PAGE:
Group 2 (n = 7)

P value

Age (years)

36.70 7.32

39 13.68

0.09

Weight (kg)

70.96 9.22

62.43 7.79

0.02

BMI (kg/m )

29.39 4.56

24.29 2.81

0.004

Waist Circumference (cm)

91.43 8.58

82.14 2.41

0.001

Body fat (%)

36.38 4.39

31.86 5.70

0.02

fT3 (2.4 - 4.2 pg/mL)

2.83 0.65

3.14 0.38

0.21

fT4 (0.8 - 1.7 ng/dL)

1.04 0.21

1.00 0.14

0.3

TSH (0.34 - 4.25 mIU/L)

7.39 1.37

7.29 1.38

0.83

Anti TPO Ab (< 60 IU/mL)

45.17 19.55

2186.29 2110.00

< 0.001

S. Insulin (mIU/L)

15.30 3.62

8.29 3.82

< 0.01

HOMA-IR

3.20 0.84

2.00 1.00

0.02

TG (mg/dL)

135.91 36.34

134.00 40.17

0.71

Cholesterol (mg/dL)

174.17 18.55

180.86 27.55

0.76

HDL (mg/dL)

42.04 4.56

42.71 2.93

0.43

LDL (mg/dL)

109.22 17.89

114.71 24.63

0.69

VLDL (mg/dL)

22.87 4.90

23.57 8.92

0.91

definite conclusion has been drawn behind thyrotropin lowering effect of metformin and the likely mechanism remains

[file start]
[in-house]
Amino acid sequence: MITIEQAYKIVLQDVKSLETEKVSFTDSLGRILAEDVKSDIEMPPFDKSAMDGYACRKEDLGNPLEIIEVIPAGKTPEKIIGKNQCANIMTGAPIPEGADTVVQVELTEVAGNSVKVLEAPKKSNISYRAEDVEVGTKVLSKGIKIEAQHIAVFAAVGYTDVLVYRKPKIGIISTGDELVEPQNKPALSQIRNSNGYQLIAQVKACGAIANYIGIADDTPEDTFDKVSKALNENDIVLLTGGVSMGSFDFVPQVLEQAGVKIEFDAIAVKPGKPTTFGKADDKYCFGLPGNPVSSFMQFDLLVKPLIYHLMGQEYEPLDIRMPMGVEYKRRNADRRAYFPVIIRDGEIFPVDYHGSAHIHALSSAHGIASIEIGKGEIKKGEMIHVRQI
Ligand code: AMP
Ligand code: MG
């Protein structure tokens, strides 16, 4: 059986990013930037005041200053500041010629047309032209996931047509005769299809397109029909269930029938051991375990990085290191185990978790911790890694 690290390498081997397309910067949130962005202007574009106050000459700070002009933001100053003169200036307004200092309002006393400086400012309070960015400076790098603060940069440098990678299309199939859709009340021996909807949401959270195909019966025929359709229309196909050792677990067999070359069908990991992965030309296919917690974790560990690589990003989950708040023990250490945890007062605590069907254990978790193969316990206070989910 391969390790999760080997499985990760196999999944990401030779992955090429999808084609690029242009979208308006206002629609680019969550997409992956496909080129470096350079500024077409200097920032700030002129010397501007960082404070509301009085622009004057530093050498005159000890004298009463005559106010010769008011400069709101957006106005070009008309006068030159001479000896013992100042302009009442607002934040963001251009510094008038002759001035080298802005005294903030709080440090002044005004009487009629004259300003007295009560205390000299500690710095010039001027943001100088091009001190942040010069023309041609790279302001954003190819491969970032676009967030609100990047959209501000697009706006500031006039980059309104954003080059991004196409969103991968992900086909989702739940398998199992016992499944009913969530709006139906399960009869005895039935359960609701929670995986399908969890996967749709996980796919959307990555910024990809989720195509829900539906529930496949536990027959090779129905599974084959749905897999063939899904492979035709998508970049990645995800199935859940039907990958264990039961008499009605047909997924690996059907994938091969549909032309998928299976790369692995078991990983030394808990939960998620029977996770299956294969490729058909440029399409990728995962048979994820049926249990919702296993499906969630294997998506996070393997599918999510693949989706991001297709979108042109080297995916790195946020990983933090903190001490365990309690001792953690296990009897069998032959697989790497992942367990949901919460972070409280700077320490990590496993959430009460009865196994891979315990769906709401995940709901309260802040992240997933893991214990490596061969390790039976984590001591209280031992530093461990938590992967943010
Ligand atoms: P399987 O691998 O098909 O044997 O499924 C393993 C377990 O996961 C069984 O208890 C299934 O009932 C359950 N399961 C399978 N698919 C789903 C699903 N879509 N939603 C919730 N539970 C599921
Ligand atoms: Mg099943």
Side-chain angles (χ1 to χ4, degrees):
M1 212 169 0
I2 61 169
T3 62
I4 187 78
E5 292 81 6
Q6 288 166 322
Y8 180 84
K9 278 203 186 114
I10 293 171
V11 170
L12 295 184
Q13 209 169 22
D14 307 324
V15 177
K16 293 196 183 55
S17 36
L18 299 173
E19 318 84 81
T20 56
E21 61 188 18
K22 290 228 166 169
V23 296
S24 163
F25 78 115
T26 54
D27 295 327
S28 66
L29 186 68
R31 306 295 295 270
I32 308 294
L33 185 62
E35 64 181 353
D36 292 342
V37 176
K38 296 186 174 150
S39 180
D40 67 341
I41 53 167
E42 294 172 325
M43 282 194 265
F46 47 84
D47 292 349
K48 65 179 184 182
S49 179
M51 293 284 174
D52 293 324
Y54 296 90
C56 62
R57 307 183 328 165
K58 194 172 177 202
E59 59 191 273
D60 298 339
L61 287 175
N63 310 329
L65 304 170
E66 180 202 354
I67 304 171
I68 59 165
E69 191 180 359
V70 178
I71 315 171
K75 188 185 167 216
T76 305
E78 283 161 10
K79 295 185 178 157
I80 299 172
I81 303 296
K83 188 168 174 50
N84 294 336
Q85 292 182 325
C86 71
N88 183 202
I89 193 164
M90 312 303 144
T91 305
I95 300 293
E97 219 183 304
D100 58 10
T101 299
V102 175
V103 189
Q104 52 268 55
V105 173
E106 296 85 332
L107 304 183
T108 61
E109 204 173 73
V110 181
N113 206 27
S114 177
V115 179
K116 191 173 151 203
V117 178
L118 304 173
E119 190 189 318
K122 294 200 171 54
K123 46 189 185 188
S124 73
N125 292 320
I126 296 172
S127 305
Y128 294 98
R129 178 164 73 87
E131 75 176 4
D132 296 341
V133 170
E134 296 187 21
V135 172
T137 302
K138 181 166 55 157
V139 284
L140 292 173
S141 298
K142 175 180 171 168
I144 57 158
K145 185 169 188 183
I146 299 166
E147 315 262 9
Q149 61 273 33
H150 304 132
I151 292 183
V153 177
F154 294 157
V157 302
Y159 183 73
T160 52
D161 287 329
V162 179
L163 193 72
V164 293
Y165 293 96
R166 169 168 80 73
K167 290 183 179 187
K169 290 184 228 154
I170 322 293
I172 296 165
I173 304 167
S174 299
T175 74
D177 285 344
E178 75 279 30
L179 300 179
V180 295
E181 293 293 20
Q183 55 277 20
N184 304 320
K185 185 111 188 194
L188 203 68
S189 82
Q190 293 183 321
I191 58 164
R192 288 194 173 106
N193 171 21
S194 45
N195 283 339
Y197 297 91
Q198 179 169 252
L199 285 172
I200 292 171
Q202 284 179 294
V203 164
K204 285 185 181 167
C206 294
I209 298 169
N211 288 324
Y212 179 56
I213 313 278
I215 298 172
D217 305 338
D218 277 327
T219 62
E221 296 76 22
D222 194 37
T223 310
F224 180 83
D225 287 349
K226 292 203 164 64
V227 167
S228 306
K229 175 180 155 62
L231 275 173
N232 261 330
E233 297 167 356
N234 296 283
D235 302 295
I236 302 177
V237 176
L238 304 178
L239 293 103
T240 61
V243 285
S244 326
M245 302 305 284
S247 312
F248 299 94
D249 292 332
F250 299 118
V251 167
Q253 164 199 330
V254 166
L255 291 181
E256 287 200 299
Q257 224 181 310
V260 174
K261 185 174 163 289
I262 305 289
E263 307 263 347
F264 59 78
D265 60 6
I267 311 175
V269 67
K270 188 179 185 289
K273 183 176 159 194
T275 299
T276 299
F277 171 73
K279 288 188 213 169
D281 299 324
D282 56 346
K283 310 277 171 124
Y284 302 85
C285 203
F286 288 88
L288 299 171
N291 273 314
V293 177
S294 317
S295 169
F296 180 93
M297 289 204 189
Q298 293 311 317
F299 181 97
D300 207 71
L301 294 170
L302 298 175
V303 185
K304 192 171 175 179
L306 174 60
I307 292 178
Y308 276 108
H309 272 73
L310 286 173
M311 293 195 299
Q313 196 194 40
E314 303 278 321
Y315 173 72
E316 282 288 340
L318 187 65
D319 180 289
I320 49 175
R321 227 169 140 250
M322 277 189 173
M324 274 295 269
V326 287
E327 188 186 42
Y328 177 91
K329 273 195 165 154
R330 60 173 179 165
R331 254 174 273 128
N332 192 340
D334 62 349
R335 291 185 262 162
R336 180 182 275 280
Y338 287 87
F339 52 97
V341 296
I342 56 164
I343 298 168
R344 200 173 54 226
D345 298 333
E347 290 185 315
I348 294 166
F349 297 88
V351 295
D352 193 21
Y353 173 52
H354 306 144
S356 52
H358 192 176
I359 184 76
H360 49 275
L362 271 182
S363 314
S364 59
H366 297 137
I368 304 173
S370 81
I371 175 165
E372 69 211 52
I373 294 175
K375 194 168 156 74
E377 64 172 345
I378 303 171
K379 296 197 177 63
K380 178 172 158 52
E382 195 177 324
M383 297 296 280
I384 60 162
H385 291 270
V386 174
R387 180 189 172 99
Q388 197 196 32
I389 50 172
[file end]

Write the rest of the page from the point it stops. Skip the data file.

unclear. Due to lack of conclusive data regarding effect of
metformin in patients of mild SCH with TSH level 5 - 10
mIU/L, the present study was planned to see the effects of
metformin administration on thyroid function test in patients
with mild SCH.

Material and Methods


The study was conducted in 30 consecutive newly diagnosed
drug naive SCH subjects with TSH level between 5 - 10
mIU/L attending Endocrinology Clinic at PGIMS Rohtak.
A written consent was taken from all patients and the institutional review board at University of Health Sciences
approved the study protocol. The patients with overt hypothyroidism, those taking levothyroxine and/or anti thyroid
drugs, patients suffering from any chronic diseases including T2DM, pregnant and post-partum women were excluded
from the study. None of the patients had gastro-intestinal
disease. The study was carried for a time period of 12 weeks.
Anthropometric parameters, thyroid function tests, plasma
glucose, serum insulin level, serum lipid levels and quality
of life parameters were assessed at baseline (before start of
106

treatment) and at 12 weeks. Percentage body fat (BF) was


calculated by impedance plethysmography (bioelectrical impedance meter Omron BF 302). Percentage body fat > 25%
in men and > 30% in women was used as criteria to define